How are the heights measured?
All tree, and nothin' but the tree! We measure from the top of the soil to the top of the tree; the height of the container or the root system is never included in our measurements.
What is a gallon container?
Nursery containers come in a variety of different sizes, and old-school nursery slang has stuck. While the industry-standard terminology is to call the sizes "Gallon Containers", that doesn't exactly translate to the traditional liquid "gallon" size we think of. You'll find we carry young 1-gallons, up to more mature 7-gallons ranging anywhere from 6 inches to 6ft.
How does the delivery process work?
All of our orders ship via FedEx Ground! Once your order is placed online, our magic elves get right to work picking, staging, boxing and shipping your trees. Orders typically ship out within 2 business days. You will receive email notifications along the way on the progress of your order, as well as tracking information to track your plants all the way to their new home!
Why are some states excluded from shipping?
The short & sweet answer is: "United States Department of Agriculture Restrictions." Every state has their own unique USDA restrictions on which plants they allow to come into their state. While we wish we could serve everyone, it's for the safety of native species and helps prevent the spread of invasive disease & pests. We've gotta protect good ole' Mother Nature, after all.
The Burkwood Viburnum is an upright shrub, reaching 8 to 10 feet tall in time, and spreading 6 or 7 feet wide. It has many branches from the ground, and the dark green leaves are evergreen in warm zones, and deciduous in cooler ones, where they turn rich maroon red first. The profuse clusters of pink buds open to white, fragrant flowers, attracting insects, and the red berries that come in fall turn black as they ripen. This easy shrub is ideal for all gardens, filling beds and adding interest to natural areas. It is non-invasive.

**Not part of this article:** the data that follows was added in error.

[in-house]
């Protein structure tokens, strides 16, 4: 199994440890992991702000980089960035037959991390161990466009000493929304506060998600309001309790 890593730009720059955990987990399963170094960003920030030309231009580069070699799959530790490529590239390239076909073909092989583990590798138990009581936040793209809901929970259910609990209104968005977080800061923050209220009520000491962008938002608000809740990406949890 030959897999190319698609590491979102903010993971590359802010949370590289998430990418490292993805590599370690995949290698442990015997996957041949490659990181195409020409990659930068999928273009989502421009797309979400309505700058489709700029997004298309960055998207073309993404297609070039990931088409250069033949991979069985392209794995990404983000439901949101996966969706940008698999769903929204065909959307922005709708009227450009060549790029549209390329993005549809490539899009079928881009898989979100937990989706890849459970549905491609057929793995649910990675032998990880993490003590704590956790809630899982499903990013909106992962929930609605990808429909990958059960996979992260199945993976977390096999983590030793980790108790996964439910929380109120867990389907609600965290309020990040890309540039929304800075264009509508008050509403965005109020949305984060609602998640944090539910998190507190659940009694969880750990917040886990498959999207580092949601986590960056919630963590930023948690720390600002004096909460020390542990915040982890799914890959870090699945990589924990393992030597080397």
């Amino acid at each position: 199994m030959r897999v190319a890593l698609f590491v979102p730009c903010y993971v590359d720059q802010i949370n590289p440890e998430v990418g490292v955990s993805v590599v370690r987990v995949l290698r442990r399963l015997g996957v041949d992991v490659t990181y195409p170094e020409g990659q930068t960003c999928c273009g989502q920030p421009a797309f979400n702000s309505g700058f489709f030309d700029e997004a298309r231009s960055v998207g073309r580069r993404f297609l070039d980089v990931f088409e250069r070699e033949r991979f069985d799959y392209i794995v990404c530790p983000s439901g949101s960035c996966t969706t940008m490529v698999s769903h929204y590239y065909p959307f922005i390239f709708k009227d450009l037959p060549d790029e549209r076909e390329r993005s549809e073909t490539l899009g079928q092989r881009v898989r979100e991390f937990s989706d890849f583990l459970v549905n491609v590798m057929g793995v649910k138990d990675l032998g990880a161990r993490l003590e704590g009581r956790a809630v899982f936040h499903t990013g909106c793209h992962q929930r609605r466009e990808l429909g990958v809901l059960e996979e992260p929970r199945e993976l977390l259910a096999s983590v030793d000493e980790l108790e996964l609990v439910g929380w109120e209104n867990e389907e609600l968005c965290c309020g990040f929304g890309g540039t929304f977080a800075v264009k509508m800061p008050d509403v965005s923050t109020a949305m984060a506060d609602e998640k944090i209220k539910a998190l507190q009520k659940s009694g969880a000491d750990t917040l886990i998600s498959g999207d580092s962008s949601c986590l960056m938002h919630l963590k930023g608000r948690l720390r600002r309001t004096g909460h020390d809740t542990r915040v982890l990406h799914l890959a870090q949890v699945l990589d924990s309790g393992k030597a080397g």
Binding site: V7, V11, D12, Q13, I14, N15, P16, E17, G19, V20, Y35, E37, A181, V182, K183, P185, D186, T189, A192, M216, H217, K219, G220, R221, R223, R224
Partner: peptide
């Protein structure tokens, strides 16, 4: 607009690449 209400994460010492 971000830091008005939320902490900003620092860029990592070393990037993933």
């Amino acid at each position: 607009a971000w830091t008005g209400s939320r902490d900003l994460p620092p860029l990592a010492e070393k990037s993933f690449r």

- Beautiful clusters of white fragrant spring blooms
- Attractive dark green foliage that’s evergreen in warm zones
- Good maroon fall colors in colder zones
- Fall crop of red berries that turn black
- Tough and easy plant for any garden, even city ones
Grow the Burkwood Viburnum in a range of light conditions, from full sun to partial shade. It thrives just about anywhere, in almost all soils, as long as they are not wet all the time. It tolerates urban pollution and drought too, once established. Pests and diseases are normally absent, and virtually no care is needed once this shrub has become established. Pruning after flowering is optional.
- Plant Hardiness Zones 4-8
- Mature Width 6-7
- Mature Height 8-10
- Soil Conditions Well-Drained Soil
- Sunlight Full Sun to Partial Shade
- Drought Tolerance Moderate Drought Tolerance
Some plants can be difficult to grow, needing specific kinds of soil, an ideal balance of light, mulching, watering, and lots of care to give their best. Of course you should grow some of them – although today even many ‘difficult’ plants like roses have become much easier to grow with modern, low-care varieties. But for the main plants in your garden we want to strike a balance between beauty and work, so it’s best to have plenty of easy-care plants in your garden. You can enjoy ‘easy’ and ‘beautiful’ in a single plant when you grow the lovely Burkwood Viburnum. A beautiful upright shrub, the clusters of pink buds followed by deliciously-fragrant white flowers make spring a delightful season. Fall brings clusters of red berries, and often maroon fall colors, making this great shrub a ‘must have’ in every garden. It helps you make an easy-care framework that will free you up to spend what precious time you have on a few select beauties. It fits perfectly into all kinds of gardens, and thrives just about anywhere – what more can we ask for?
Growing the Burkwood Viburnum
Size and Appearance